Two years after suffering severe concussion, former Central star McLaughlin ending college career at Stonehill

BY Mac Cerullo
March 6, 2016

EASTON -- Every morning when Casey McLaughlin wakes up, she gets a constant reminder of what could have been.

"It's an every day battle, waking up with headaches," McLaughlin said. "It's a rough start to the day, where you're like 'ugh, I'm going to have this headache all day and I have to go to school, and then basketball.'"

For McLaughlin, a North Andover resident and a junior at Stonehill College, the headaches have become a fact of life, an unseen scar that still lingers two years after the injury that changed her life.

Considered one of the top high school basketball players in Massachusetts, leading Central Catholic to an expected state championship three years ago, McLaughlin's college basketball career was derailed after just two games after suffering a severe concussion during practice early in her freshman year. 

McLaughlin still feels the lingering effects of the concussion, and now after two years, she has decided to end her basketball career.

"Your heart breaks for a kid like Casey, who brought so much to any team she's been on in terms of work ethic and character," said Stonehill coach Trisha Brown. "It's sad to see her dream of playing college basketball cut short."

McLaughlin's fate is a cruel one, especially given the high expectations she had coming out of high school. Before arriving at Stonehill, the 6-foot forward was a four-year standout at Central Catholic. Her senior year she was an Eagle-Tribune MVP and a Boston Globe All-Scholastic, averaging 17.4 points, 11.1 rebounds and 2.9 steals per game, and she capped off her career with a 27-point explosion to help Central Catholic capture the 2013 Division 1 state championship.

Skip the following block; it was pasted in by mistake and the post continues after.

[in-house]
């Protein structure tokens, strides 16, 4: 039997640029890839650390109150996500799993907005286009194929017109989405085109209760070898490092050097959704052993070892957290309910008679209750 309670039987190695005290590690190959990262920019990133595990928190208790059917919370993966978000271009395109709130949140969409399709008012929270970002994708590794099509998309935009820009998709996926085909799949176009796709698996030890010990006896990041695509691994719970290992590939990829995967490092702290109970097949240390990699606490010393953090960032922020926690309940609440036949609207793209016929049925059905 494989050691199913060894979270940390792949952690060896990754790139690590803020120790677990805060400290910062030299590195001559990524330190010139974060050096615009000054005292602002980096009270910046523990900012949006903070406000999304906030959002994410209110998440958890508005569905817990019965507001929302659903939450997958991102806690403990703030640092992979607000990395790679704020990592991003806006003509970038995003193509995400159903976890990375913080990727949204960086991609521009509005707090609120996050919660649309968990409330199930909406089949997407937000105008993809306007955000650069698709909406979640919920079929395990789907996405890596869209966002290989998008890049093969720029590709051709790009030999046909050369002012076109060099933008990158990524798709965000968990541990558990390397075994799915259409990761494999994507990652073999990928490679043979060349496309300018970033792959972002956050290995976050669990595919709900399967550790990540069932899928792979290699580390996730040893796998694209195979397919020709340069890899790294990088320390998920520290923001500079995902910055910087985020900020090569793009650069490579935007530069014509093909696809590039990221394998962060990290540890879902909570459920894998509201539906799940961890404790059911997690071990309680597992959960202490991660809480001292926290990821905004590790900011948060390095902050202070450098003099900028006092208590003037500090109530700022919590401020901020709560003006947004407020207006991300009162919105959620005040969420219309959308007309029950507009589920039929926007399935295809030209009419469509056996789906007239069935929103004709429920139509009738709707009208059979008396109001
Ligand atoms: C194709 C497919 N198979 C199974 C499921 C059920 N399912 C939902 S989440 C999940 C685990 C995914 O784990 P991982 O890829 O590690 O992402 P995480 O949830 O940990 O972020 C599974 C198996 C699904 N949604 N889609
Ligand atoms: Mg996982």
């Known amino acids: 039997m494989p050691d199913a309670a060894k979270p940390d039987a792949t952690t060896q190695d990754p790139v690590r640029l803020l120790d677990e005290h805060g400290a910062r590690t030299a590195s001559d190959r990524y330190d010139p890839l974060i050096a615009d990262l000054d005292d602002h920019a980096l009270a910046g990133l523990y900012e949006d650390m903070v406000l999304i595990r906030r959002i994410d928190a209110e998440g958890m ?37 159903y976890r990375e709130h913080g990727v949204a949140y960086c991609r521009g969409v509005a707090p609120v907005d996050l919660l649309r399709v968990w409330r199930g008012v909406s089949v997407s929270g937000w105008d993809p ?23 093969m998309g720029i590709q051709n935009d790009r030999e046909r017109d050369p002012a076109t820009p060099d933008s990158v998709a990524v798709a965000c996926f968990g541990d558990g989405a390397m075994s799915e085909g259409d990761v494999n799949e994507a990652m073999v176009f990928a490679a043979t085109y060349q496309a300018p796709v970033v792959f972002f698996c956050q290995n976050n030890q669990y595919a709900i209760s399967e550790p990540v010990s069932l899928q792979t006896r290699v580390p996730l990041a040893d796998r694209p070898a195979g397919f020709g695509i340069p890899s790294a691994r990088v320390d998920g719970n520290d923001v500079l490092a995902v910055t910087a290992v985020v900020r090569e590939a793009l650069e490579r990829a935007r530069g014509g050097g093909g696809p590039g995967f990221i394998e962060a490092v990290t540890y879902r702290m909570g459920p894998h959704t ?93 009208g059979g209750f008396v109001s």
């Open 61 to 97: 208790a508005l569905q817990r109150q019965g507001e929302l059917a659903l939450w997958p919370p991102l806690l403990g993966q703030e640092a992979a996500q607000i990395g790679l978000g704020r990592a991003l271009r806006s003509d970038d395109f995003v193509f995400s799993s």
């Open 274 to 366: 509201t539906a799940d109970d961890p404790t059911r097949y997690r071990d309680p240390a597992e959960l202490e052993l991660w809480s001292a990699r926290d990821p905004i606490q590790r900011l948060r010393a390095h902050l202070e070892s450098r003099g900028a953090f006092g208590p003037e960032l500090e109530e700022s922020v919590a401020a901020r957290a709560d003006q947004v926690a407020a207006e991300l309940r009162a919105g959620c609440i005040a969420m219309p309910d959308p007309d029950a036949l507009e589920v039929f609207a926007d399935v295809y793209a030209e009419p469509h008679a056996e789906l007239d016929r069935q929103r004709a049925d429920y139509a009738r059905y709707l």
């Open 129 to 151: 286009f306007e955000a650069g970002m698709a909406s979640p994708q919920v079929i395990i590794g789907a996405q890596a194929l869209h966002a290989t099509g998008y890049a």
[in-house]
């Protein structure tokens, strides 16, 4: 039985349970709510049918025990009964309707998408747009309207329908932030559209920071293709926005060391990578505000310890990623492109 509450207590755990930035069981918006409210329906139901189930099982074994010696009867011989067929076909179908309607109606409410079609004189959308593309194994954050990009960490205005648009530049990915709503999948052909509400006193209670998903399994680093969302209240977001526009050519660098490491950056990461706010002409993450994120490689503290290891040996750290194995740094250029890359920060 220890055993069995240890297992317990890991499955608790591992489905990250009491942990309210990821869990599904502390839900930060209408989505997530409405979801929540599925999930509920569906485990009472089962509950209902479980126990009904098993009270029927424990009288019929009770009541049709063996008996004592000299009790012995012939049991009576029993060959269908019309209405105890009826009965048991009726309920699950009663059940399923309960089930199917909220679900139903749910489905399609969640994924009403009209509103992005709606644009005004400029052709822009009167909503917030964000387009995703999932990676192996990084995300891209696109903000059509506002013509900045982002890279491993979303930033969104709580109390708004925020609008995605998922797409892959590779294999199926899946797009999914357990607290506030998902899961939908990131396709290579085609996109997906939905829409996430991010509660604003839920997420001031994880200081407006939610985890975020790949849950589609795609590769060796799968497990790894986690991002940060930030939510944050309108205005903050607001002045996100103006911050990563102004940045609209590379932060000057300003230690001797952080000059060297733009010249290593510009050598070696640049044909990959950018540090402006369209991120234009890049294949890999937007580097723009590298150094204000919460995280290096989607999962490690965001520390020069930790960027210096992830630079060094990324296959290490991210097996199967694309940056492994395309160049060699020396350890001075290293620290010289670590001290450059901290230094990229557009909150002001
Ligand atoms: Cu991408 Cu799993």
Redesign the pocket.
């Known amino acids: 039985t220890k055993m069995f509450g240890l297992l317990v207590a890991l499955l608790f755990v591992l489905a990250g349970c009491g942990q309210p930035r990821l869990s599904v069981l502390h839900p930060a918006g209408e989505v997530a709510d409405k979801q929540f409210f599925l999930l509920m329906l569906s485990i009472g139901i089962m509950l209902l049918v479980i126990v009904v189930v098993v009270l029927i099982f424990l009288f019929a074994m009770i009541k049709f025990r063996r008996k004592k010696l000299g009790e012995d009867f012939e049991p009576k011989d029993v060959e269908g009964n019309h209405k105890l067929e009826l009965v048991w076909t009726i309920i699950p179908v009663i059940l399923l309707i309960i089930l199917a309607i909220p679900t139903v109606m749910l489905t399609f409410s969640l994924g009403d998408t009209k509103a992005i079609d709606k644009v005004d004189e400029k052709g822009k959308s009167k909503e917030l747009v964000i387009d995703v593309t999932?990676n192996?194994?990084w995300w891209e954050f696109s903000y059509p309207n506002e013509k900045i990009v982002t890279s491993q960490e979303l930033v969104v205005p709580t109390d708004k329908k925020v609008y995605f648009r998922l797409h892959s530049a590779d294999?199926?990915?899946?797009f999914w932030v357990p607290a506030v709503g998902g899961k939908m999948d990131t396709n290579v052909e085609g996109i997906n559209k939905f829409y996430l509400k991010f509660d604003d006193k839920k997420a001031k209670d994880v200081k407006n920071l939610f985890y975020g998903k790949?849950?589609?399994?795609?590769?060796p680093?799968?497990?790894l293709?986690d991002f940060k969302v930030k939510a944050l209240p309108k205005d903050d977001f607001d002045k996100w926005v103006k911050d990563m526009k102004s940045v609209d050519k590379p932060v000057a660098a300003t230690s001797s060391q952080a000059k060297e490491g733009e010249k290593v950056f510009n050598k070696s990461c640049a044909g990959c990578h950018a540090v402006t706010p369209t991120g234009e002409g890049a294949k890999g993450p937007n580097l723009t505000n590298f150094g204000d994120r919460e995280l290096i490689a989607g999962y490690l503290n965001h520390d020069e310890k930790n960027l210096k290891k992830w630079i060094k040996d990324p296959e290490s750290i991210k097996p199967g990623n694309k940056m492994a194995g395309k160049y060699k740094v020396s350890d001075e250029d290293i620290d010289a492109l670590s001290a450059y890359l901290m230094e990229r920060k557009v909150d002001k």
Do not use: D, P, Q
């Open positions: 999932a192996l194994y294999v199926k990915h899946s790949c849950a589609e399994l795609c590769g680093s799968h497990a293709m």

Having committed to Stonehill all the way back as a high school junior, McLaughlin had long looked forward the chance to play at the next level. Once the opportunity finally came, it looked as though she was ready to thrive, scoring in double figures in each of her first two games and totaling 23 points in 23 minutes of action.

Those two games were part of an early season tournament down in Florida, a special treat for a team that generally doesn't travel far outside the northeast, and it also offered a great opportunity for McLaughlin to bond with her new teammates, who were all just as passionate for the sport as she was. 

In short, McLaughlin was living the dream, and her future looked to be as bright as they come. 

But then, in the blink of an eye, her dream turned into a nightmare.


Those who knew McLaughlin as the high energy, high intensity star from high school would probably assume she got her concussion diving for a loose ball or taking a charge, which was commonplace in high school. 

But the sad irony is that her injury actually happened during practice while making one of the most routine plays in basketball.